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Secondhand Is First Choice in Japan

Fashion: Pawn shops and flea markets have become hip meccas for bargain hunters. It's a switch from the old days, when even used designer items were shunned.


TOKYO — For four months, Rina Ito lusted after a black, bamboo-handled Gucci bag. But the $820 status symbol was way out of reach for a 20-year-old college student working part time at a bar.

So Ito was ecstatic when she found the handbag in near-perfect condition at a Tokyo pawn shop. At a mere $484, it was a steal.

In the high-rolling 1980s, when Japan became a top consumer of luxury brand names, buying somebody's old purse at a pawn shop was not just impossible, but unthinkable.

But the bubble burst, and a six-year economic hangover has sent many Japanese digging for good deals. Recession has helped banish the aversion to used things that sprang up in Japan after World War II. Neighborhood shops that sell used goods on consignment, known here as "recycle shops," are popping up all over Tokyo.

"I used to think used stuff was gross," Ito said, beaming and clutching her new acquisition. "I would definitely buy recycled things again, though, because they're good quality and they're cheap."

Weekend flea markets abound in the city's parks and parking lots. Yoyogi Park's Sunday market, a bargain-hunting mecca for hip, young Tokyoites, attracts up to 30,000 customers over the weekend. And pawn shops have shaken off their seedy, back-alley image by redecorating and adding designer goods to their inventories. Their goal: to entice the group with the most spending power, twentysomething females.

"People simply can't afford things like they could in the 1980s," said Mariko Ikeda, a clerk at Boutique Claire, a small recycle shop in a Tokyo residential area. "They've become much more practical."

Many Japanese are still slaves to fickle fashion, but the "use-and-toss" attitude of the past 15 years has disappeared, said Claire's owner, Noriko Okada. Her year-old, one-room store now sells 50 to 100 pieces of ladies' clothing and accessories a day--as much as a new-clothing boutique might sell in a month.

Customers check out the merchandise daily and drop off unneeded clothes, setting their own price and getting 60% of the return if the item sells. Okada, also an avid thrift-shopper, said it makes sense to get rid of old things, considering Japan's cramped living space. "And it's fun, because then for $10 or $30 you can get something someone bought for $200."

On a Sunday afternoon, Chizuko Sawano, 50, one of about 60,000 bargain hunters at the flea market in Meiji Park, scanned the packed rows of display blankets and open car trunks, all piled with everything from clothing and appliances to dishes and toys. Already laden with four bags stuffed with suits, jackets, sweaters and coats, she was eyeing a $15 two-piece outfit.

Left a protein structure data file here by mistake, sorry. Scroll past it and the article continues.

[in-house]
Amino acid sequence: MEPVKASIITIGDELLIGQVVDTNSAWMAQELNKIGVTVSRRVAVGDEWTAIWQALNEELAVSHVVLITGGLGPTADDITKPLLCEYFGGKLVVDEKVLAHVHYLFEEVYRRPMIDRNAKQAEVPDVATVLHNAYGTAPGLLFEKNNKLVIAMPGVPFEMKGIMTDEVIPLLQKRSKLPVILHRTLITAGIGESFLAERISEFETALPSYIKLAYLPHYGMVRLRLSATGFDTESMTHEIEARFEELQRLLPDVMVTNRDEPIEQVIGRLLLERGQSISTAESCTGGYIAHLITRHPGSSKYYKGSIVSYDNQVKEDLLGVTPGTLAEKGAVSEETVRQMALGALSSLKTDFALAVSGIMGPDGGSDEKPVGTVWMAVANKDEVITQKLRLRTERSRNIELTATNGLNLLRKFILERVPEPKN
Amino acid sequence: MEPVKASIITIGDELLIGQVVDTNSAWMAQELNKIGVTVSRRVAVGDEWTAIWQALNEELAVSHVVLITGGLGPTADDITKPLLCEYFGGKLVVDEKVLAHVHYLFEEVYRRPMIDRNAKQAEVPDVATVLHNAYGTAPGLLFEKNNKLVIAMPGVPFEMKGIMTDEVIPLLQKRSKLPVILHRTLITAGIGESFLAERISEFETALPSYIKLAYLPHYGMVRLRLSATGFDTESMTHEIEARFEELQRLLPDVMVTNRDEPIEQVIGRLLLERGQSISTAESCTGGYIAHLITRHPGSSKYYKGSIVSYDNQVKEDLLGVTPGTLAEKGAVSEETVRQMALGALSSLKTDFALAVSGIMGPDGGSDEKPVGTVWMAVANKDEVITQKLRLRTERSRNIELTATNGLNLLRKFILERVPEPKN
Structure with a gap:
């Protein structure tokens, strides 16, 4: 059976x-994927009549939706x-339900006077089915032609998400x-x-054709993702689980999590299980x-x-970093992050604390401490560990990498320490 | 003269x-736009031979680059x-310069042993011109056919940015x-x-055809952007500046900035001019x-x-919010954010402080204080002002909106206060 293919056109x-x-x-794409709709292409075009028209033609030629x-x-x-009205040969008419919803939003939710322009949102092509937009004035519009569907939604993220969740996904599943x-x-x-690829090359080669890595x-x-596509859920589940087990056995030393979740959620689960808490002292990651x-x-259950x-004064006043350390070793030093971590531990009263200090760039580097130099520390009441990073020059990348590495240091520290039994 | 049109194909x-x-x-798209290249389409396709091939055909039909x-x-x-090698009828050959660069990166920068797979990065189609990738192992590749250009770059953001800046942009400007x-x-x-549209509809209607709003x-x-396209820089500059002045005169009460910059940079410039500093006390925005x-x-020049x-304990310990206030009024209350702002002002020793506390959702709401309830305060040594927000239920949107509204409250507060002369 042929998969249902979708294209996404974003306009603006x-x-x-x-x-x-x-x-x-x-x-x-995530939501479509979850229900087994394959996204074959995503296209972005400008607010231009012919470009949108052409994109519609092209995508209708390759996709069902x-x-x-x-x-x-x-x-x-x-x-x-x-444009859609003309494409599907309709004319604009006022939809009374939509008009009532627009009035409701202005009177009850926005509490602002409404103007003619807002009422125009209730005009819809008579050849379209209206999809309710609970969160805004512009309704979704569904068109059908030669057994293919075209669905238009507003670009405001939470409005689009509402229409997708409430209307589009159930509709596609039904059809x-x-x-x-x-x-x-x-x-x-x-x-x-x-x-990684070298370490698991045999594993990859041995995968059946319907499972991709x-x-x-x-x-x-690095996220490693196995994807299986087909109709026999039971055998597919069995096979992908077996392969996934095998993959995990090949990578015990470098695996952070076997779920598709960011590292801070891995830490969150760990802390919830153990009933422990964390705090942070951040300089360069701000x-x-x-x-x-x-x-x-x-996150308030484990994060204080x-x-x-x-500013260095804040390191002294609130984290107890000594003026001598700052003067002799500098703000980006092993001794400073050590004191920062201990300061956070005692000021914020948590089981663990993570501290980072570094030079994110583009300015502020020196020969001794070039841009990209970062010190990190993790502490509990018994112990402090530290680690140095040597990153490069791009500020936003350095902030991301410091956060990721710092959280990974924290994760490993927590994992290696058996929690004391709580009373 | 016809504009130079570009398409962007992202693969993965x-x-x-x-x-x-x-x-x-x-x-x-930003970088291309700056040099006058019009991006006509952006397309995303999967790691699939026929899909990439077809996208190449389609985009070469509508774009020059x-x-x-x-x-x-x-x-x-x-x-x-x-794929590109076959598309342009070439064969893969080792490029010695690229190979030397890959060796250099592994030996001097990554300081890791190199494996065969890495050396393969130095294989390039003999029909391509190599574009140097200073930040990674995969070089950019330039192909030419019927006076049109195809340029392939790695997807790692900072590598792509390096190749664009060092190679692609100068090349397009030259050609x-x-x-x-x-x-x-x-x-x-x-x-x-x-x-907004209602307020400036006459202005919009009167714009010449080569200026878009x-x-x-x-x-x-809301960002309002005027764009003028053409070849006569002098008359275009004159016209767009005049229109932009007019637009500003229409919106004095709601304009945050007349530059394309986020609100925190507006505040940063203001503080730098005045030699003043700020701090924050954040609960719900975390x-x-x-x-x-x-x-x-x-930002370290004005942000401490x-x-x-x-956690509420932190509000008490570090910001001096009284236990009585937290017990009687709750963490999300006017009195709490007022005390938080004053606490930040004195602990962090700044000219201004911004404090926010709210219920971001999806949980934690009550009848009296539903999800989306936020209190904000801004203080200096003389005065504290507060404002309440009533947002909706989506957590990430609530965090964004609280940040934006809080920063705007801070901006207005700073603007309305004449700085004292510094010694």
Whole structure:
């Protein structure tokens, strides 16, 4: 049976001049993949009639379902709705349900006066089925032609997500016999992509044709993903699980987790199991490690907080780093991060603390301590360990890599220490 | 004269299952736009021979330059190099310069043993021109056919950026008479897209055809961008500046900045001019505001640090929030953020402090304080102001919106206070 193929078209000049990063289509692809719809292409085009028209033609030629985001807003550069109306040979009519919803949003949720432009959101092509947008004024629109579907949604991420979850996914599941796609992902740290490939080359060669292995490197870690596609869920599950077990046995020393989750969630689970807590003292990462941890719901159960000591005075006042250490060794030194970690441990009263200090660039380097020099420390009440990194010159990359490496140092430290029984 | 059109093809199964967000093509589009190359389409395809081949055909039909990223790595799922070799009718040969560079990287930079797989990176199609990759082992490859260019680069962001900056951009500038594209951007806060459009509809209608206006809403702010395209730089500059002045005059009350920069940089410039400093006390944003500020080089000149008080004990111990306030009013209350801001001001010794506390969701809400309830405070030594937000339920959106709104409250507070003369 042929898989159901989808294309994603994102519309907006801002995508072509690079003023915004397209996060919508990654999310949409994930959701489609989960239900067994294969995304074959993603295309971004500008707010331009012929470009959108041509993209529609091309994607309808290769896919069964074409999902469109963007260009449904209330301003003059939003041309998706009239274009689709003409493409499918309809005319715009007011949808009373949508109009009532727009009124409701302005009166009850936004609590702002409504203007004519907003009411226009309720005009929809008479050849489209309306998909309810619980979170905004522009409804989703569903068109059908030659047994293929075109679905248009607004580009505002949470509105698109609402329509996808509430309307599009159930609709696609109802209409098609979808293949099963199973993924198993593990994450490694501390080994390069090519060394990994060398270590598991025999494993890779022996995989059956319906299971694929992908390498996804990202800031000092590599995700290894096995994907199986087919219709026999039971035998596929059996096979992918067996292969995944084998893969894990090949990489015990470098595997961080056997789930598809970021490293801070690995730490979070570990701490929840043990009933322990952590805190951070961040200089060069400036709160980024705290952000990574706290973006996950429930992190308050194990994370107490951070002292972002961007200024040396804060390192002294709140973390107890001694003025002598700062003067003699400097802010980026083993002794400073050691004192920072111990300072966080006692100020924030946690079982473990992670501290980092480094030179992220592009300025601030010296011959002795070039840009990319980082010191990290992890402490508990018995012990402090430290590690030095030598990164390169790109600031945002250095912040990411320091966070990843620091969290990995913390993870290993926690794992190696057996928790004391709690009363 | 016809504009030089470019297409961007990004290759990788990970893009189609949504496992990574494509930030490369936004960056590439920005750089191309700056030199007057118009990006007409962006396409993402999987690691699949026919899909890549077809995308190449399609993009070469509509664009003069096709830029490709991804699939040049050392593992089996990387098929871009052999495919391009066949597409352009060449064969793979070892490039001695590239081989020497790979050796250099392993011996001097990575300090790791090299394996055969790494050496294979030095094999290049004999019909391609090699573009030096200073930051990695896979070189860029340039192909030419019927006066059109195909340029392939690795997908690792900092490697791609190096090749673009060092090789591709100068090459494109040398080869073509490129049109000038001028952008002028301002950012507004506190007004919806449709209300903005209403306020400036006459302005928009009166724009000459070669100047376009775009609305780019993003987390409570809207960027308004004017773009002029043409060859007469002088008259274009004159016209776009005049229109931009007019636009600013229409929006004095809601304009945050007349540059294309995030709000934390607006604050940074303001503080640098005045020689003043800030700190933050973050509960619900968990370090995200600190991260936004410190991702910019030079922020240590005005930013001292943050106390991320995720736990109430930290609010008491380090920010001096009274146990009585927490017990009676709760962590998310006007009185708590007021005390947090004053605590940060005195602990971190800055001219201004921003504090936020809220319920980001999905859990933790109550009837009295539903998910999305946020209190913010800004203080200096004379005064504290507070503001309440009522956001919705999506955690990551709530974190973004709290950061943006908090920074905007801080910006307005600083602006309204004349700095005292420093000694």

"You come once and you get addicted," said Sawano, who saw an ad for the flea market in a magazine. "I finally went, and I bought six months' worth of stuff. I could barely carry it all home."

The lure of deep discounts has pushed many Japanese to lose their loathing of secondhand goods.

"People thought using something that somebody else had used was disgusting," said Hajime Atari, owner of a boutique-like pawn shop that stocks Gucci and Prada handbags. "Now, even if it's a little old, people will buy it if it's cheap."


Japan's aversion to used things was not always just a money matter. A belief that a person's "spirit" can haunt possessions has fostered negative feelings toward secondhand objects.

Japan's obsession with cleanliness is also a factor, said Osaka professor Seiichi Washida. "Clothes are the closest thing to your body, so they are the most private."

And many Japanese long held vivid memories of the poverty of the post-World War II era, when new clothes were out of the question, everyone's belongings were threadbare and pawn shops were frequented by the desperate.

"I've heard stories of used clothing shops after the war where people stood in long lines waiting to sell their kimonos to put food on the table," said Shoji Kikuchi, whose grandfather opened the pawn shop Kikuchi now runs 70 years ago.

So when Japan reached its economic zenith in the 1980s, few Japanese were willing to settle for less than the best.

But today's young Japanese don't remember the deprivation of the postwar era, and their thirst for bargains, especially on brand names, has overridden any lingering aversion to used goods. Even during the '80s, a vintage clothing boom among Japan's youth helped to erode the idea that old clothing was a faux pas.

Vintage clothes, however, were never cheap. At the Monster--a vintage and used clothing shop in Tokyo that stocks used jeans, 1950s American high school varsity jackets and vintage U.S. Army clothing--a pair of 20-year-old gas-station coveralls with "Frank" embroidered on the breast pocket goes for $150.

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